While Summit Design + Build has only been building, creating and renovating spaces in Chicago since 2005, historic projects are somewhat of a specialty, as project engineer Matt Spicer quickly learned in his first project with Summit, tackling the gut renovation of a pre-Chicago Fire manufacturing building in the city’s booming West Loop. And although the challenges for this type of project may be greater or more unique, the lessons learned and end product are worth the process.
The Challenges and Rewards of Transforming a Piece of Chicago History
By Matt Spicer
The 156 N. Jefferson project is a complete gut renovation of the former Crane Company Manufacturing building, originally built in 1865, and Summit has been tasked with the challenge and opportunity to manage the renovation of the 153-year-old building. Construction in a historic building has unique challenges; however, if identified early and managed properly, the features of the building create an opportunity for irreproducible design.
A building of this age does not conform to typical, modern-day construction. Assumptions made early on of 156 N. Jefferson’s initial construction were quickly contradicted. Original design documents and site survey indicated that the building had a substrate of concrete on top of plywood flooring. During early demolition and abatement, it was discovered that, in actuality, the flooring was comprised of more than four layers of plywood and a still unknown “red clayish” material.
This discovery created adhesion and structural issues and required a redesign of the building’s proposed flooring system. Summit worked with the designers and flooring installers to determine a system that would adhere to the substrate and was within the weight capacity of the existing structure all while maintaining the design aesthetic (polished concrete).
Coordinating mechanical, electrical and plumbing (MEP) systems in overhead space can also be a problem in older buildings. MEP systems as they exist today were not standard in building construction in 1865. Today, buildings are designed with larger overheads or interstitial spaces to allow for MEP routing and equipment storage. At 156 N. Jefferson, we have to work around the existing structure and open-to-view spaces to route MEP piping, ductwork and wiring.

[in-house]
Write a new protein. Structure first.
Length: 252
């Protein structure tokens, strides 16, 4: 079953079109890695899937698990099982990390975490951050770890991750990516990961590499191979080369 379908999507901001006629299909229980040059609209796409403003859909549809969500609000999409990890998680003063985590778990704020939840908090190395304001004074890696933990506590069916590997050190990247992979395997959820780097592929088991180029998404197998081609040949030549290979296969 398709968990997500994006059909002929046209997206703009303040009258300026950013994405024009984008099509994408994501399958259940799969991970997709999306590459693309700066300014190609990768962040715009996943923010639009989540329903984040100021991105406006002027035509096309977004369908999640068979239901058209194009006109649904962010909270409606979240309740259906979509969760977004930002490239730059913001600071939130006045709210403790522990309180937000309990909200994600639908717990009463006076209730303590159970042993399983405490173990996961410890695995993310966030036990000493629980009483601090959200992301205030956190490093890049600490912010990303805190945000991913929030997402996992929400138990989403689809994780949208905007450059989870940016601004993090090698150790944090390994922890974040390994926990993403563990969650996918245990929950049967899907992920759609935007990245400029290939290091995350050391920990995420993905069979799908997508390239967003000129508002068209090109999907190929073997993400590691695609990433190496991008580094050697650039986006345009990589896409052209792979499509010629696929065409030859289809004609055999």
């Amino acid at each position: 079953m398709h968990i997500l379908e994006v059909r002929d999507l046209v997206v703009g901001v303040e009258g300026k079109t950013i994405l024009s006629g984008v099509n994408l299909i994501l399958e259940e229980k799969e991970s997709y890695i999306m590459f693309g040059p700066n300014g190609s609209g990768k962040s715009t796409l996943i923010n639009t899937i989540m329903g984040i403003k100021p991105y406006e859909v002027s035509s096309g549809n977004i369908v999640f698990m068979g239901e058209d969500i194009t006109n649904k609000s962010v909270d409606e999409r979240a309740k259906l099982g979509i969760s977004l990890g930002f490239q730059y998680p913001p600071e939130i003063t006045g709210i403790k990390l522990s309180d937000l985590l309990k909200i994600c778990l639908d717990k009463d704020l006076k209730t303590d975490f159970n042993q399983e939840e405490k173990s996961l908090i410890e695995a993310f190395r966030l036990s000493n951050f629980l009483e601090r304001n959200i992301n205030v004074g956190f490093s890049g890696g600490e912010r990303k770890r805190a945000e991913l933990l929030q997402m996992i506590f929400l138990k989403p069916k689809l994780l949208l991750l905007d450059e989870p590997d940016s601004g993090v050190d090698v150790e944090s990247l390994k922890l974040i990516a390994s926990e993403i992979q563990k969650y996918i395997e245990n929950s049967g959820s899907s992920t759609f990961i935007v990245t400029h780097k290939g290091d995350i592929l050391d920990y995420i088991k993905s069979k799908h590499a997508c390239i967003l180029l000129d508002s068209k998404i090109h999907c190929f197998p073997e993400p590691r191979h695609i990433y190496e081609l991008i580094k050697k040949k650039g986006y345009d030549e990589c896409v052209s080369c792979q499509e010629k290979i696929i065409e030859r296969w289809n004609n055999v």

Summit worked closely with subcontractors and the design team to identify key architectural areas where limited amounts of MEP systems could be visible. After adjusting accordingly, we identified the most problematic areas and worked through a clash analyses to determine the best way to route the systems. Although MEP coordination is always an issue in projects, 156 N. Jefferson did not have dedicated MEP space requiring significantly more creative and aesthetic considerations.
Although 156 N. Jefferson has presented these unique challenges, the reward of the design opportunity makes the process worth it. When complete, 156 N. Jefferson will have 150-year-old exposed brick on all perimeter walls and timber beams and columns that were sandblasted to restore their original appearance. We have repurposed the original timber joists to reinforce structural columns. We will modify iron annealed balustrades to create a decorative blackened guardrail that will be within code requirements while also enhancing the original feature staircase. Each one of these design features are unique to 156 N. Jefferson and highlight the history of the building. The future office tenants of 156 N. Jefferson will have an office that is a part of Chicago history, which no new construction can ever reproduce.
Read more on 156 N. Jefferson’s history in the project release here.
Photos courtesy of Eric Holubow.